Grading the Fiscal Cliff Deal: Terrible, but Could Be Worse

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The faux drama in Washington is finally over. The misfits in Washington reached a deal on the fiscal cliff.

Republicans and Democrats managed to come together and decide that they should get a bigger slice of what the American people earn. Gee, what a surprise.

First, the good news:

Oh, wait, there isn’t any.

Now for the bad news.

  • The top tax rate will increase to 39.6 percent for entrepreneurs, investors, small business owners, and other “rich” taxpayers making more than $400,000 ($450,000 for married couples). This is Obama’s big victory. He gets his class-warfare trophy.
  • The double tax on dividends and capital gains climbs from 15 percent to 20 percent (23.8 percent if you include the Obamacare tax on investment income).
  • The death tax rate is boosted from 35 percent to 40 percent (which doesn’t sound like a big step in the wrong direction until you remember it was 0 percent in 2010).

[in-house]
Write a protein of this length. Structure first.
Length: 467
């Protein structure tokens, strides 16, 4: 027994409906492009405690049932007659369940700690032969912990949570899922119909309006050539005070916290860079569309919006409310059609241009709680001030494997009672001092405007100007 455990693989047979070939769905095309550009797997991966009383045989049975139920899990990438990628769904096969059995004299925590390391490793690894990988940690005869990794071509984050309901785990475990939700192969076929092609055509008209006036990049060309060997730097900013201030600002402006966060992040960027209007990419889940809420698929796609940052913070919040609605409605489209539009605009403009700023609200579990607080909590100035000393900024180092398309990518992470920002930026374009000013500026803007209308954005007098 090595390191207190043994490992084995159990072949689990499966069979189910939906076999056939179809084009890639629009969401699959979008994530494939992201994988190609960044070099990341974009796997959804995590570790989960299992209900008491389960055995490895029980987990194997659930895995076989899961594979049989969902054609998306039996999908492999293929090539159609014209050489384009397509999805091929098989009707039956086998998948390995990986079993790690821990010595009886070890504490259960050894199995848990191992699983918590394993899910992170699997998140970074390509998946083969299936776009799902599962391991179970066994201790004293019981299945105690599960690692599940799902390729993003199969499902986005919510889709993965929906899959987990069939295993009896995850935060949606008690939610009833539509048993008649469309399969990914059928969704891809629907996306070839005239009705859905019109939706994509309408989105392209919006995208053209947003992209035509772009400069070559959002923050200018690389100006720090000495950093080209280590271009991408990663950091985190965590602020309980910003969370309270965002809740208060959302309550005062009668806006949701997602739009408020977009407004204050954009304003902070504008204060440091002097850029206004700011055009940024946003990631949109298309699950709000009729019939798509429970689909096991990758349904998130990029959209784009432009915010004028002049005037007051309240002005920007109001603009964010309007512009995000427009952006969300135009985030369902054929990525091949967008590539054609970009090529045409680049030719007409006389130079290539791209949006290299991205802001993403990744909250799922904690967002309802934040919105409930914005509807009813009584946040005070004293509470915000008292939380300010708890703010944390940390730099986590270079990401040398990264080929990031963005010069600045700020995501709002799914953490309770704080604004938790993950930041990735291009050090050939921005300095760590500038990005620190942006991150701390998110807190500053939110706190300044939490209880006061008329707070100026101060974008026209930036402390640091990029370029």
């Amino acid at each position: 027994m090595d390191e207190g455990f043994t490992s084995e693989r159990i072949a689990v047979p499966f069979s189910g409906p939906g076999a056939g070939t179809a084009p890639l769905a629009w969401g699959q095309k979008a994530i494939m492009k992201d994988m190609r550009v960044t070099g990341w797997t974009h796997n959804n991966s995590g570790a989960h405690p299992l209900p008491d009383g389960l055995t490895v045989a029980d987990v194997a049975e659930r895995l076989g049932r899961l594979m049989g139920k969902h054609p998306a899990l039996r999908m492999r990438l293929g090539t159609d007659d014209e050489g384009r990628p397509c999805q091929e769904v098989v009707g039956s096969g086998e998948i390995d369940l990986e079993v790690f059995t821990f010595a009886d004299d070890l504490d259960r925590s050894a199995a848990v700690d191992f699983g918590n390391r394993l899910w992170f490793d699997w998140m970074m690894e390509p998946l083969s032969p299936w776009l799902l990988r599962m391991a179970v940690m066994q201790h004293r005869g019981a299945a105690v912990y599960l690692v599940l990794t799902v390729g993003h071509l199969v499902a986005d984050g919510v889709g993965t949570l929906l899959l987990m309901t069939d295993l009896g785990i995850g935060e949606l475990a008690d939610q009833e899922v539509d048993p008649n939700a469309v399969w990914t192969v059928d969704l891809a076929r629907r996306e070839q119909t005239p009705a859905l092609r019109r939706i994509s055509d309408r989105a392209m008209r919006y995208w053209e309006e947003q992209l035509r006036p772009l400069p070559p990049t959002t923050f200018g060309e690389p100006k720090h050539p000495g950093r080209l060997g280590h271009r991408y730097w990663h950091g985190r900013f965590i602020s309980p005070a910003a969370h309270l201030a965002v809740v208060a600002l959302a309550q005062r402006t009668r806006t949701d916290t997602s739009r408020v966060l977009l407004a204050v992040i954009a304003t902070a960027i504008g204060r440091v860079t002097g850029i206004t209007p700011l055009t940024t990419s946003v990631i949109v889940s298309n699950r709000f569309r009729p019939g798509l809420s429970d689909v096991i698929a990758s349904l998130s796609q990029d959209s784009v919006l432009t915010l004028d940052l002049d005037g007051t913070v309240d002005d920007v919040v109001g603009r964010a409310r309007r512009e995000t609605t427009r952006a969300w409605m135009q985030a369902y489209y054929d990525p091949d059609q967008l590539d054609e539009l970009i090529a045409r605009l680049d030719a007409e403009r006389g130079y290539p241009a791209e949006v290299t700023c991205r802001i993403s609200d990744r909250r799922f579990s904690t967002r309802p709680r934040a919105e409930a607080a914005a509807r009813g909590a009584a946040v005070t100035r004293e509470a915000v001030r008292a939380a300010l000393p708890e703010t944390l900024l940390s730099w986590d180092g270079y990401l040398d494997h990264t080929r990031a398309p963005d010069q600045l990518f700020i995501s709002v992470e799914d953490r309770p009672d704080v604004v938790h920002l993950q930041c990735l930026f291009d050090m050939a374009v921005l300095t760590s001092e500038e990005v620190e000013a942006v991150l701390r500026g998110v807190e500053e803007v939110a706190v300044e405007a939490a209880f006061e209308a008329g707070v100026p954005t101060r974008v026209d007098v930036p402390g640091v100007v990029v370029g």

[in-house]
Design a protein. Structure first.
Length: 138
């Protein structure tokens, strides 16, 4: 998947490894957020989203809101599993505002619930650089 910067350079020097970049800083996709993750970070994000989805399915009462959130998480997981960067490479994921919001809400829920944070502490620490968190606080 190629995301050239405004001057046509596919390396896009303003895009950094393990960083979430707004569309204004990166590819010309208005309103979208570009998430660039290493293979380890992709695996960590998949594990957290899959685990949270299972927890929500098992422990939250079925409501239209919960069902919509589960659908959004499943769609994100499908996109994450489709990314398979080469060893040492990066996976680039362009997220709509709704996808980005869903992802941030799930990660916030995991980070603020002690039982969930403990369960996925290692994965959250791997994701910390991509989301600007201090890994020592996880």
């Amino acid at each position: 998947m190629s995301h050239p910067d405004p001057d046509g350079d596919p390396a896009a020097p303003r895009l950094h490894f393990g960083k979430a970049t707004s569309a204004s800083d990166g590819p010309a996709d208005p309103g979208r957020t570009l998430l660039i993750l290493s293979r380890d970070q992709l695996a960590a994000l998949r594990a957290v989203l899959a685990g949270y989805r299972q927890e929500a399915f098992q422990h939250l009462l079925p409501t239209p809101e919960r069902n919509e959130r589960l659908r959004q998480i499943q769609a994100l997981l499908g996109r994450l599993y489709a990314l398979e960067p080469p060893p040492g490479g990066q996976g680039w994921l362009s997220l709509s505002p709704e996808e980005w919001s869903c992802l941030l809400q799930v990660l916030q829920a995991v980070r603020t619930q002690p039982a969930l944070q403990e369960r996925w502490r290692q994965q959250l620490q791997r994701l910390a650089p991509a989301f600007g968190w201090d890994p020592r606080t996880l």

• The alternative minimum tax will still exist, though it will be “patched” to protect as many as 30 million households from being swept into this surreal parallel tax system that requires people to use a second method of calculating their taxes – with the government getting the greatest possible amount.
  • Unemployment benefits are extended, ensnaring more Americans in joblessness.
  • Medicare spending is increased as part of a “doc fix” to increase reimbursement payments for providers.

This is sort of like a late Christmas present, but we must have been naughty all year long and taxpayers are getting lumps of coal.

That being said, I was expecting the final outcome to be even worse, so this deal almost seems like a relief.

Sort of like knowing that you were going to have your arm amputated, but then finding out that at least you’ll get some anesthetic. You’re not happy about the outcome, but you’re relieved that it won’t be as bad as you thought it would be.

But let’s not delude ourselves. This deal is not good for the economy. It doesn’t do anything to cap the burden of government spending. It doesn’t reform entitlement programs.

And we may even lose the sequester, the provision that was included in the 2011 debt limit that would have slightly reduced the growth of government over the next 10 years.

What a dismal start to 2013.